It's a 2 way conversation

So what do you talk about in these meetings?
The number one thing is to recognise that it is a 2-way conversation. It is not for you as a manager to talk about what you think is important.  It is an opportunity for your direct report to talk about what is important to them.  

Use this agenda to help you      
1. Starting point is relationship building. Find out how the other person is and make sure that you spend a little time doing this right at the start. People have got all manner of things going on in their lives and the more open you can make that relationship stronger the greater the trust you will build with those individuals. 
2. Check progress. What has been going on since the last 1:1. For example you may have agreed some priorities, or actions,  find out what happened. Remember this is about listening, remember to ask good questions.
3. What do they want to focus on in this 1:1? This is the time to focus on what a the current priorities or activities that the individual is working on. This conversation should be guided by the person. Ask them what they want to focus on in the 1:1. Find out what are the challenges they face, what help do they need from you?.   
4. Agree the upcoming priorities for the coming week. What are the important tasks? What are the high value activities that you really want them to keep focused on? What should they stop prioritising?
5. Time for coaching . What is it that the person is working on in terms of their personal development? Where do they need your help? Week in week out these opportunities help your team develop and grow within their role, if you keep those few minutes of talking about how they are performing and what they are learning as well as what they're doing.
6.Encourage Feedback. Make sure feedback is two way, so take the opportunity to ask for feedback as well as giving it. And don’t forget the positive feedback – give praise and show gratitude for work well done. 
7. End by agreeing any decisions or actions 

Start by scheduling an hour

You want to book an hour to start with but you may find that once you get going you don't always need an hour and then you just get a bonus 20 minutes at the end.

Remember people need time to talk and if you go for much shorter I find that you always run out of time, and the bit that always goes is the relationship building or the coaching and development. We always will find time for the task talking.  
Plan an hour and then if you don't need an hour then let that go.

For giggers and contractors you can normally find half hour is adequate because you're not doing so much of the internal organisation discussion. It is still an opportunity to ask for and give feedback

If your 1:1s are not up to scratch, launch or relaunch them with your team

You need to set yourself and your team up for success. Think how you're going to launch 1:1s with them. Schedule the meetings and explain to your team what's changed, what's your new approach and what your expectations are of them. Remember to share the benefits of why this new approach will work better for you both.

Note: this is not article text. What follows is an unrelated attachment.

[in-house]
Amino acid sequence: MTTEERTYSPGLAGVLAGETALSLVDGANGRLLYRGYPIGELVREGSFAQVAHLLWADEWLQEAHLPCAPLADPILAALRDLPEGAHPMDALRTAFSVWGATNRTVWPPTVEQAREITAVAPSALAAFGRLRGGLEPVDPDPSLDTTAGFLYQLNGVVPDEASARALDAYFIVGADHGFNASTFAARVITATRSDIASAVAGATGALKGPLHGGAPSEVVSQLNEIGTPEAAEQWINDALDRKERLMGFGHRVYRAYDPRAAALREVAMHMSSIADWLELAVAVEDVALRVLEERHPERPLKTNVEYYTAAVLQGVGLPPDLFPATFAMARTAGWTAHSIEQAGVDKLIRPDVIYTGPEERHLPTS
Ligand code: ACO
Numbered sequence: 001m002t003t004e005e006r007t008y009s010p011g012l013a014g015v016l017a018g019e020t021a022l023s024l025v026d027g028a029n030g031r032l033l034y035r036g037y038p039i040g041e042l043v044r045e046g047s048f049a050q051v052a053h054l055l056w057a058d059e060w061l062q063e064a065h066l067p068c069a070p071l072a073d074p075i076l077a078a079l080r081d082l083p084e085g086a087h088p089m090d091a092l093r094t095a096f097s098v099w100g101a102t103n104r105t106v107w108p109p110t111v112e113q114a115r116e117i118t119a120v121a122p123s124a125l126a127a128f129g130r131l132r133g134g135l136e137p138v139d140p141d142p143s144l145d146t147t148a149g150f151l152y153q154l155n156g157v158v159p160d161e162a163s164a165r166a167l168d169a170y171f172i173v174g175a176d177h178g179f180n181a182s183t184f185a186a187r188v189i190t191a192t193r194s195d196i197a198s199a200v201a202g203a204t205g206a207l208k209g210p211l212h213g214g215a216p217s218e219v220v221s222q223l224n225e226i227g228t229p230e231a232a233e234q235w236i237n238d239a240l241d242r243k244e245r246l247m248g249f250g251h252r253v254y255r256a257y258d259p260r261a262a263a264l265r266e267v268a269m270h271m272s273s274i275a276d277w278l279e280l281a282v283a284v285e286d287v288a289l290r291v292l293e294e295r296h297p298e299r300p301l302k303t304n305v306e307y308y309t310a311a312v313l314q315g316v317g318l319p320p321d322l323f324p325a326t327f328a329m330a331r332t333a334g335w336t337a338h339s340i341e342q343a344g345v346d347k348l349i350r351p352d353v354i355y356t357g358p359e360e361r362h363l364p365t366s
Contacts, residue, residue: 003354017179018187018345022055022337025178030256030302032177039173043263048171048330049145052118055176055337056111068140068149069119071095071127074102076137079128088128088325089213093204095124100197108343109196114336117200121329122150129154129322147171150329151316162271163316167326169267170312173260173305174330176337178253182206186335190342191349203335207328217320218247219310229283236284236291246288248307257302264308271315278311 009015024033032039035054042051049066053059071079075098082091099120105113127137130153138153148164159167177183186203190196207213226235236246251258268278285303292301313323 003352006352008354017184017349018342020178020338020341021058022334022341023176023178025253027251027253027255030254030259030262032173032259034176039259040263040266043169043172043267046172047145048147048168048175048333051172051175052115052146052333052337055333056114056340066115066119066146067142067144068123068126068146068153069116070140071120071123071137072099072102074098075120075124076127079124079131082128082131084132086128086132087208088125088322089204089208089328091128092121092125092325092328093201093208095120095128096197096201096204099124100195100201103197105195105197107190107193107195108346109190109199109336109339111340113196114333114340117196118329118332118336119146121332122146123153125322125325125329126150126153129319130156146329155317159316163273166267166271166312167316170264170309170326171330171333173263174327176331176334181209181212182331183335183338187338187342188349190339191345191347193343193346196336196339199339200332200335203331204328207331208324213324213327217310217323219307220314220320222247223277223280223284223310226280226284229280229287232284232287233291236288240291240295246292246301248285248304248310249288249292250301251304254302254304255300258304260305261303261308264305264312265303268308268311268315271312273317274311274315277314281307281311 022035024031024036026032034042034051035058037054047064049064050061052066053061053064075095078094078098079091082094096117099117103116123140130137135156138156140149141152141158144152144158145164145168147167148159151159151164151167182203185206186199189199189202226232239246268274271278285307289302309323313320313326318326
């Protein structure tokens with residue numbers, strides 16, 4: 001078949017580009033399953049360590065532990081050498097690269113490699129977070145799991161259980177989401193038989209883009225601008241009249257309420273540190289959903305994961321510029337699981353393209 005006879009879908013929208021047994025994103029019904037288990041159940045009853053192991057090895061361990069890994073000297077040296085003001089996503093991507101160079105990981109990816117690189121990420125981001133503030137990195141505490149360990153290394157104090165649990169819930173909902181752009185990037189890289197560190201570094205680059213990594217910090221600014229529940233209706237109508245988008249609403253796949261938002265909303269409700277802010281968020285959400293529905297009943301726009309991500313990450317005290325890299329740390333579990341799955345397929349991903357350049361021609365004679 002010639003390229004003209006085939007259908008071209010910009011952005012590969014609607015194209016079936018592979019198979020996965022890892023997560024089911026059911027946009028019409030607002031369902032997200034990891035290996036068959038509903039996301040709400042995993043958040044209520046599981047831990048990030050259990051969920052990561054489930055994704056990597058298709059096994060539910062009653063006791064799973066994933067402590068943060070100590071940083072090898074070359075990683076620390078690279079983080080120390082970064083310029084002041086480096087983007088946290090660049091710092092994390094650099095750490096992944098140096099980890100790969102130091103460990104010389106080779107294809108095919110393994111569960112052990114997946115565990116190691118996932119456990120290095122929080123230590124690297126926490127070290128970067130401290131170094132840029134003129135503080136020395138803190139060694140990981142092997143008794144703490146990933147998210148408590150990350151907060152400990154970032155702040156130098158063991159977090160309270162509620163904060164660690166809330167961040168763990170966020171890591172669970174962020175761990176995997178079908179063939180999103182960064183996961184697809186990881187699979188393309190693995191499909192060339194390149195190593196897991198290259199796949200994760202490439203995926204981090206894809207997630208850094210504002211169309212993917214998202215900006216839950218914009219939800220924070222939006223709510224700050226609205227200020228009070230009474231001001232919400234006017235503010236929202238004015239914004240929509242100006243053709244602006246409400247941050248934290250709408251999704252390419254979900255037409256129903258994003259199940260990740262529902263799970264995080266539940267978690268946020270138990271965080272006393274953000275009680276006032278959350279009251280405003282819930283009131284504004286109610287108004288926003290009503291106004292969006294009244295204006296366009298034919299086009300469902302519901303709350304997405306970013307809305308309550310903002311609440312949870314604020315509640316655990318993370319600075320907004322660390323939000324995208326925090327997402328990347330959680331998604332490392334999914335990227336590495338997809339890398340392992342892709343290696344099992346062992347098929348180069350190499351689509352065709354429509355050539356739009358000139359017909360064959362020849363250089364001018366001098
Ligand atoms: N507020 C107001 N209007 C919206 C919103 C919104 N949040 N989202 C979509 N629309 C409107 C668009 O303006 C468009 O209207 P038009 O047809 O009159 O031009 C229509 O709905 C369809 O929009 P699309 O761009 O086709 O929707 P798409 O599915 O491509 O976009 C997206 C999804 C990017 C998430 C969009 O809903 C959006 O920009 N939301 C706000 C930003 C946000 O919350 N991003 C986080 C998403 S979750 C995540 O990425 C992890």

Share the worksheets so that both of you come prepared and ready for that discussion. 

Tip: Never multitask

This is an important tip.  I have often heard about this situation in my workshops. "My manager is always doing something else", "they are on their phone" or "typing on their computer".  Never ever multitask in a 1:1 - even if it's unintentionally. It is disrespectful to call a meeting and not be present.

You need to really focus on that individual. Whatever the distraction you need to get rid of it. Turn off your phone, turn off your notifications if online and really focus on the person that you're talking with. Don't try and do anything else at the same time especially if you're working virtually. It's so easily done.

You are building new habits and rituals

James Claire says in his book Atomic Habits, that if you want to succeed at something and create new habits for how you work you need to set up a system. Regular structured 1:1s are a system for success in the way in which you work with your team. it takes time but it will be 100% worth it. 

My Manager doesn’t do One on Ones – What should I do?

A word of advice for any individual whose manager is not doing one to one.

You have now learned what a good one to one looks like. You can be proactive but you will need to be confident in asking your manger for time and support. Use this to guide you.

 Prepare using the worksheet thinking about what you want to talk about.
 You will need to be proactive and ask for the time.  Explain why you want to meet. Tell them you want clarity on your work and that you would really appreciate some feedback and to learn from them.  
 Once the meeting is agreed use the worksheet as a guide of things that you want to talk about. Ask questions to keep them involved in the conversation.
 The more you 1:1 conversations you have to the more opportunities you have to say at the end how you value this time, how it helps you work better and would welcome having this kind of conversation regularly.   Ask them if they would calendar regular sessions with you.

One to ones are gamechangers in improving productivity, teamwork, capability and engagement. These simple meetings are well worth any manager or individual contributor prioritising as part of their own management operating system.

Download your free 1:1 worksheet here

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I'm Helen Bryant

I'm a corporate trainer and coach. On a mission to share the valuable collaboration and leadership lessons to help you thrive in the new world of work.